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I want to build an Minecraft Webinterface using a NodeJs backend server which communicates with a Bash Shell Script on Debian 9.

1: I create a new Minecraft Server using screen -S server_name java -jar minecraft_server.jar

2: The NodeJs Backend sends a command to my Shell File, which works fine: e.g. screen -rd server_name -X stuff "whitelist add $3^M"

3: A String with the list of players will be put out in the server screen.

But my question is, how can I read this put out String and let the NodeJs Backend read it?

My NodeJs Backend: https://hastebin.com/adosiwiqiq.coffeescript

My Shell Script: https://hastebin.com/acijegupud.bash

  • The point of screen is to run commands detached. So you are sending the command to a detached session, you can't really interact with it. You could attach to it and run the command and then detach again. I'd have to test if and how that would work. A better solution may be to run the server in a Child Process of the node server and keep a pipe to it. Then you can interact better interact with it. A dodgy solution may be tee-ing/redirecting the output to a logfile and then reading it. (But that wouldn't be great as you have to keep track of where exactly the desired output starts). Do you – rudib Sep 24 '19 at 13:34
  • intend running multiple (mc)servers or just one? – rudib Sep 24 '19 at 13:35
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I don't think this is possible in screen. You can use a fifo to get the output of a command in screen, but I doubt that the 'minecraft shell' will support that.

However this is 'doable' with tmux.

Process Status/Stack Trace

Stack Trace

To make it work properly, you'd have to detect at which point the program you are feeding commands is stuck at a relevant IO Operation. A way to do that would be running a stack trace and looking for that. Also see: How do I tell if a command is running or waiting for user input?.

That may be a bit tricky because it may be temporarily stuck at at another read before the desired one. It may also have to involve some guessing based on how long it is stuck and at which file descriptor. It could be combined with the line-counting proposal below for more accuracy.

Edit While testing this, I encountered read(10, (zsh) and select(1, [0], NULL, NULL, NULL (python3 cli interpreter). There may be few other possibilities, which is why I didn't limit the RegEx in the script below to just that. It is just looking for an open parenthesis now. Maybe someone knows a more precise way to do this?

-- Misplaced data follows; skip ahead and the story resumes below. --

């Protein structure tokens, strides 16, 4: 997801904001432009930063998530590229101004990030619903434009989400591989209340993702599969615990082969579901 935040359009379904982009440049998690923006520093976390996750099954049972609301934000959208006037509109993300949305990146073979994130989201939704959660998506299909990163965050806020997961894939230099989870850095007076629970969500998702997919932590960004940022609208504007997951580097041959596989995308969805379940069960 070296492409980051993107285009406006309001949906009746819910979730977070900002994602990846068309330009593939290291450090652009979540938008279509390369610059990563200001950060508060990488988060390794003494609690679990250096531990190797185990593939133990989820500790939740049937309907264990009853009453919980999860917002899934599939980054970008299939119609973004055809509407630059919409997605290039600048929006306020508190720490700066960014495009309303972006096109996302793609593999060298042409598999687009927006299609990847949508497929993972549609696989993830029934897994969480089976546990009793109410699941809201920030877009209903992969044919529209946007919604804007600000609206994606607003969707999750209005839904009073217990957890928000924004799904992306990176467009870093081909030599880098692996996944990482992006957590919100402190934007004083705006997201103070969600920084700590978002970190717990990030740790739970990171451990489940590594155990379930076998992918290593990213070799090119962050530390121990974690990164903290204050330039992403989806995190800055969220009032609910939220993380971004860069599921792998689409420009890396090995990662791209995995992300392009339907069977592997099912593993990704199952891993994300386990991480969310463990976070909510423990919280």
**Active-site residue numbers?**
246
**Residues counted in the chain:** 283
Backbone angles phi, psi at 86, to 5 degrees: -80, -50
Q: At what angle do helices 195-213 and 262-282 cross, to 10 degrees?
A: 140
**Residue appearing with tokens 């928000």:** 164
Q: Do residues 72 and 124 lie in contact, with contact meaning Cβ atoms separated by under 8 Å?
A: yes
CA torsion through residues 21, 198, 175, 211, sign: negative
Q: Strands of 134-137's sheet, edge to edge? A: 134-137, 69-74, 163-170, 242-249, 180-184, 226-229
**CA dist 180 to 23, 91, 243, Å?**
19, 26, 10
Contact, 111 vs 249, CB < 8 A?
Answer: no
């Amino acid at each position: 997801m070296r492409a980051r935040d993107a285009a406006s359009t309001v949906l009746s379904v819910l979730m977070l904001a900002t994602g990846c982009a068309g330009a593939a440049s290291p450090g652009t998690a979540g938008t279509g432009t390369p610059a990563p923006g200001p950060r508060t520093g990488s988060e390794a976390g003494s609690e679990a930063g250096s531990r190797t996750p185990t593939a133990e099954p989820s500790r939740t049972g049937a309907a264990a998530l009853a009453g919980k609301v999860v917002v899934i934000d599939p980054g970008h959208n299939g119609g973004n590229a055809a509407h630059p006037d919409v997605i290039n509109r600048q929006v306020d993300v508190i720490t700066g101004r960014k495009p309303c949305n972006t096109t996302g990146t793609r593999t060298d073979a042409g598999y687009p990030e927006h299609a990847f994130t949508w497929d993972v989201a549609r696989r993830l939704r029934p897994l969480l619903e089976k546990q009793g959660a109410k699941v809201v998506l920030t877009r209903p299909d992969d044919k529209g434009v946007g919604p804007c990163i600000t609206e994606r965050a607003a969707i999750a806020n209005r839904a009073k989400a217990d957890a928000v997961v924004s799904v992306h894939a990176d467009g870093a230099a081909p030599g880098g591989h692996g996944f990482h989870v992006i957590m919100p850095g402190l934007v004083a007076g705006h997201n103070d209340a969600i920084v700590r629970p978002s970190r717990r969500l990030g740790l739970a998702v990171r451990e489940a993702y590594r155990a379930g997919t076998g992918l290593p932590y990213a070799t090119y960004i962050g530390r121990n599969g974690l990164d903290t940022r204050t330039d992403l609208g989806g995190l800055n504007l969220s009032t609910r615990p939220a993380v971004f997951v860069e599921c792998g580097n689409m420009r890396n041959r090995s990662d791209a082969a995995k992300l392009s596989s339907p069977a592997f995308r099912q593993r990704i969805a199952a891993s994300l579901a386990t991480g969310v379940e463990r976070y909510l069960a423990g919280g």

Process Status A good indicator might be to check if the process is running or sleeping. You can do this with ps. This method is used in the proof-of-concept script below, in combination with the stack trace.

Counting Lines

Having the Server running as a Child Process in Node enables you to interact with the stdin and stdout of the process in Node. You could just look for newlines (\n) and if you know how many lines the output should have, you can count them and 'know' that it has finished running and is waiting for input again. You could combine it with a timeout.


Proof of Concept with Process Status/Strace

I moved the script and some docmentation to a github repository. I haven't tested this with mc, but it worked with python3 and zsh (As far I could test it, see section "Tests"). It's still not perfect as it still involves some waiting and may or may not get false positives.

How to use

You can start the server/tmux session like that:

tmux new-session -d -s server_name "java -jar minecraft_server.jar"

Sending a command to the server would look like that:

./trun.sh -s server_name -c "the command"

It should return the output of the server. You may have to adjust the -H and -T parameters.


Synchronicity

Beware that if you run this on a webserver, you can run into problems, especially if there are multiple users. You might have to implement a Lock to prevent multiple users accessing the shell at the same time. I'm sure that tmux itself wouldn't have a problem with that, but you can't really predict the ouput if another command may have been run while you try to read said output.

Security

If you intend to run this on a server exposed to the www, consider securing it (for example by using a password protected proxy via apache or nginx).

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